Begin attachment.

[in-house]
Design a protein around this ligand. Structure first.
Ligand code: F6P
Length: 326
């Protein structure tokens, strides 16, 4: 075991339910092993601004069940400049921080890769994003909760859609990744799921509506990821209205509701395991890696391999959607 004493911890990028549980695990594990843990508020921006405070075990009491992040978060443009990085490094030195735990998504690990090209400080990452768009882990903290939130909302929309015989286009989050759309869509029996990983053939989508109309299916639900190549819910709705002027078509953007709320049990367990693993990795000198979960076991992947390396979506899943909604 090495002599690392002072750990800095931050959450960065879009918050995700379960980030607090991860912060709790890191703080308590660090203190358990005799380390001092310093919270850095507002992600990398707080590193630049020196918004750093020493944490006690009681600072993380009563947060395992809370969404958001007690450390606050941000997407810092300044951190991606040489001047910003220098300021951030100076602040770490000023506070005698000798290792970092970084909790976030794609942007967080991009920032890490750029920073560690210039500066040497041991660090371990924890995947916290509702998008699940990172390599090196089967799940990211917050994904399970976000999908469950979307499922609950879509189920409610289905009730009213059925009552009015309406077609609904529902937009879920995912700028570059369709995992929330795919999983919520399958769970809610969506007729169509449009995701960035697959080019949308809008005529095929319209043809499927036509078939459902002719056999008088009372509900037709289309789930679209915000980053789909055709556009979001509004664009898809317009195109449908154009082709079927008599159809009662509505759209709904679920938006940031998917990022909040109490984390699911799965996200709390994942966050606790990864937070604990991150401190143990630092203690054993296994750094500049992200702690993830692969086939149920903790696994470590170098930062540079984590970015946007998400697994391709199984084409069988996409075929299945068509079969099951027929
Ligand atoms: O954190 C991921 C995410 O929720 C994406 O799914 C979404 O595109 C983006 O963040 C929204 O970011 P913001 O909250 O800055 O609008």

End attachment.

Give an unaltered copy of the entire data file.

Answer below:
[in-house]
Design a protein around this ligand. Structure first.
Ligand code: F6P
Length: 326
């Protein structure tokens, strides 16, 4: 075991339910092993601004069940400049921080890769994003909760859609990744799921509506990821209205509701395991890696391999959607 004493911890990028549980695990594990843990508020921006405070075990009491992040978060443009990085490094030195735990998504690990090209400080990452768009882990903290939130909302929309015989286009989050759309869509029996990983053939989508109309299916639900190549819910709705002027078509953007709320049990367990693993990795000198979960076991992947390396979506899943909604 090495002599690392002072750990800095931050959450960065879009918050995700379960980030607090991860912060709790890191703080308590660090203190358990005799380390001092310093919270850095507002992600990398707080590193630049020196918004750093020493944490006690009681600072993380009563947060395992809370969404958001007690450390606050941000997407810092300044951190991606040489001047910003220098300021951030100076602040770490000023506070005698000798290792970092970084909790976030794609942007967080991009920032890490750029920073560690210039500066040497041991660090371990924890995947916290509702998008699940990172390599090196089967799940990211917050994904399970976000999908469950979307499922609950879509189920409610289905009730009213059925009552009015309406077609609904529902937009879920995912700028570059369709995992929330795919999983919520399958769970809610969506007729169509449009995701960035697959080019949308809008005529095929319209043809499927036509078939459902002719056999008088009372509900037709289309789930679209915000980053789909055709556009979001509004664009898809317009195109449908154009082709079927008599159809009662509505759209709904679920938006940031998917990022909040109490984390699911799965996200709390994942966050606790990864937070604990991150401190143990630092203690054993296994750094500049992200702690993830692969086939149920903790696994470590170098930062540079984590970015946007998400697994391709199984084409069988996409075929299945068509079969099951027929
Ligand atoms: O954190 C991921 C995410 O929720 C994406 O799914 C979404 O595109 C983006 O963040 C929204 O970011 P913001 O909250 O800055 O609008």